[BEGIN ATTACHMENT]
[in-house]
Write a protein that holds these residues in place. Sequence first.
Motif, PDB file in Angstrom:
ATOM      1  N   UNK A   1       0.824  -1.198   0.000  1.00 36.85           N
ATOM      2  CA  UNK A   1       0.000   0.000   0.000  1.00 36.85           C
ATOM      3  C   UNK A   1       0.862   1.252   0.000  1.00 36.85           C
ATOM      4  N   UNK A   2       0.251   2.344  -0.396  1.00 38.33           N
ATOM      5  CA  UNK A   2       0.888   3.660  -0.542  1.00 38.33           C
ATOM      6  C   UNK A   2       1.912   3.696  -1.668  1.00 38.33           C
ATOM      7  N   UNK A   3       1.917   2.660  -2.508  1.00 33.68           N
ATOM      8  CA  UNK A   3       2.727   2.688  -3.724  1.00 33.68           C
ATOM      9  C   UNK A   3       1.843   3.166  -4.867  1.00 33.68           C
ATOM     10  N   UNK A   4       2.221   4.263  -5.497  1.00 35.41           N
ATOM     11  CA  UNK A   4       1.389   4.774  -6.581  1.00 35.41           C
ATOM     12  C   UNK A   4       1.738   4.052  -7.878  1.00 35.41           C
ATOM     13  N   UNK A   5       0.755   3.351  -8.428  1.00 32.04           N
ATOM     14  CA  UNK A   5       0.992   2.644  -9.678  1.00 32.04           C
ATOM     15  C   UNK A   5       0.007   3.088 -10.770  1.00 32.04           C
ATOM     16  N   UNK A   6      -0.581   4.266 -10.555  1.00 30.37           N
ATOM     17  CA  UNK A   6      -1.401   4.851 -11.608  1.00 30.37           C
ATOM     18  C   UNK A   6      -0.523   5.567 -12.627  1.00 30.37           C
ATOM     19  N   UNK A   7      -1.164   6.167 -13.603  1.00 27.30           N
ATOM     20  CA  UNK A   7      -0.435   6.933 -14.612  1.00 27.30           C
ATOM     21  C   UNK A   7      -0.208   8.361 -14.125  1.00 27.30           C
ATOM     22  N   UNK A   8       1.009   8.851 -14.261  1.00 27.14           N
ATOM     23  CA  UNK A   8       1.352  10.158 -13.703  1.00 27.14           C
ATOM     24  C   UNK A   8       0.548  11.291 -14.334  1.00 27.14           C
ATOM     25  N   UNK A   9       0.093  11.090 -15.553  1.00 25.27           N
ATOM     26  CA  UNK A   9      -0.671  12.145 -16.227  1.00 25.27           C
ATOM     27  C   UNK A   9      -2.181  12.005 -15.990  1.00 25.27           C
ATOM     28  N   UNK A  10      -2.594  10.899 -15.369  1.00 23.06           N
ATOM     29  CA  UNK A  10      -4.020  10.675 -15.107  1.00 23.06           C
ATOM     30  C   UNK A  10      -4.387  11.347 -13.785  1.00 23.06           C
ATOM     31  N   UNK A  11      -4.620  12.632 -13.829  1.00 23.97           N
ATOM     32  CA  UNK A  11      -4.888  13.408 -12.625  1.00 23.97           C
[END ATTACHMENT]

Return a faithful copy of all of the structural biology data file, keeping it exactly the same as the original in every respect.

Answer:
[in-house]
Write a protein that holds these residues in place. Sequence first.
Motif, PDB file in Angstrom:
ATOM      1  N   UNK A   1       0.824  -1.198   0.000  1.00 36.85           N
ATOM      2  CA  UNK A   1       0.000   0.000   0.000  1.00 36.85           C
ATOM      3  C   UNK A   1       0.862   1.252   0.000  1.00 36.85           C
ATOM      4  N   UNK A   2       0.251   2.344  -0.396  1.00 38.33           N
ATOM      5  CA  UNK A   2       0.888   3.660  -0.542  1.00 38.33           C
ATOM      6  C   UNK A   2       1.912   3.696  -1.668  1.00 38.33           C
ATOM      7  N   UNK A   3       1.917   2.660  -2.508  1.00 33.68           N
ATOM      8  CA  UNK A   3       2.727   2.688  -3.724  1.00 33.68           C
ATOM      9  C   UNK A   3       1.843   3.166  -4.867  1.00 33.68           C
ATOM     10  N   UNK A   4       2.221   4.263  -5.497  1.00 35.41           N
ATOM     11  CA  UNK A   4       1.389   4.774  -6.581  1.00 35.41           C
ATOM     12  C   UNK A   4       1.738   4.052  -7.878  1.00 35.41           C
ATOM     13  N   UNK A   5       0.755   3.351  -8.428  1.00 32.04           N
ATOM     14  CA  UNK A   5       0.992   2.644  -9.678  1.00 32.04           C
ATOM     15  C   UNK A   5       0.007   3.088 -10.770  1.00 32.04           C
ATOM     16  N   UNK A   6      -0.581   4.266 -10.555  1.00 30.37           N
ATOM     17  CA  UNK A   6      -1.401   4.851 -11.608  1.00 30.37           C
ATOM     18  C   UNK A   6      -0.523   5.567 -12.627  1.00 30.37           C
ATOM     19  N   UNK A   7      -1.164   6.167 -13.603  1.00 27.30           N
ATOM     20  CA  UNK A   7      -0.435   6.933 -14.612  1.00 27.30           C
ATOM     21  C   UNK A   7      -0.208   8.361 -14.125  1.00 27.30           C
ATOM     22  N   UNK A   8       1.009   8.851 -14.261  1.00 27.14           N
ATOM     23  CA  UNK A   8       1.352  10.158 -13.703  1.00 27.14           C
ATOM     24  C   UNK A   8       0.548  11.291 -14.334  1.00 27.14           C
ATOM     25  N   UNK A   9       0.093  11.090 -15.553  1.00 25.27           N
ATOM     26  CA  UNK A   9      -0.671  12.145 -16.227  1.00 25.27           C
ATOM     27  C   UNK A   9      -2.181  12.005 -15.990  1.00 25.27           C
ATOM     28  N   UNK A  10      -2.594  10.899 -15.369  1.00 23.06           N
ATOM     29  CA  UNK A  10      -4.020  10.675 -15.107  1.00 23.06           C
ATOM     30  C   UNK A  10      -4.387  11.347 -13.785  1.00 23.06           C
ATOM     31  N   UNK A  11      -4.620  12.632 -13.829  1.00 23.97           N
ATOM     32  CA  UNK A  11      -4.888  13.408 -12.625  1.00 23.97           C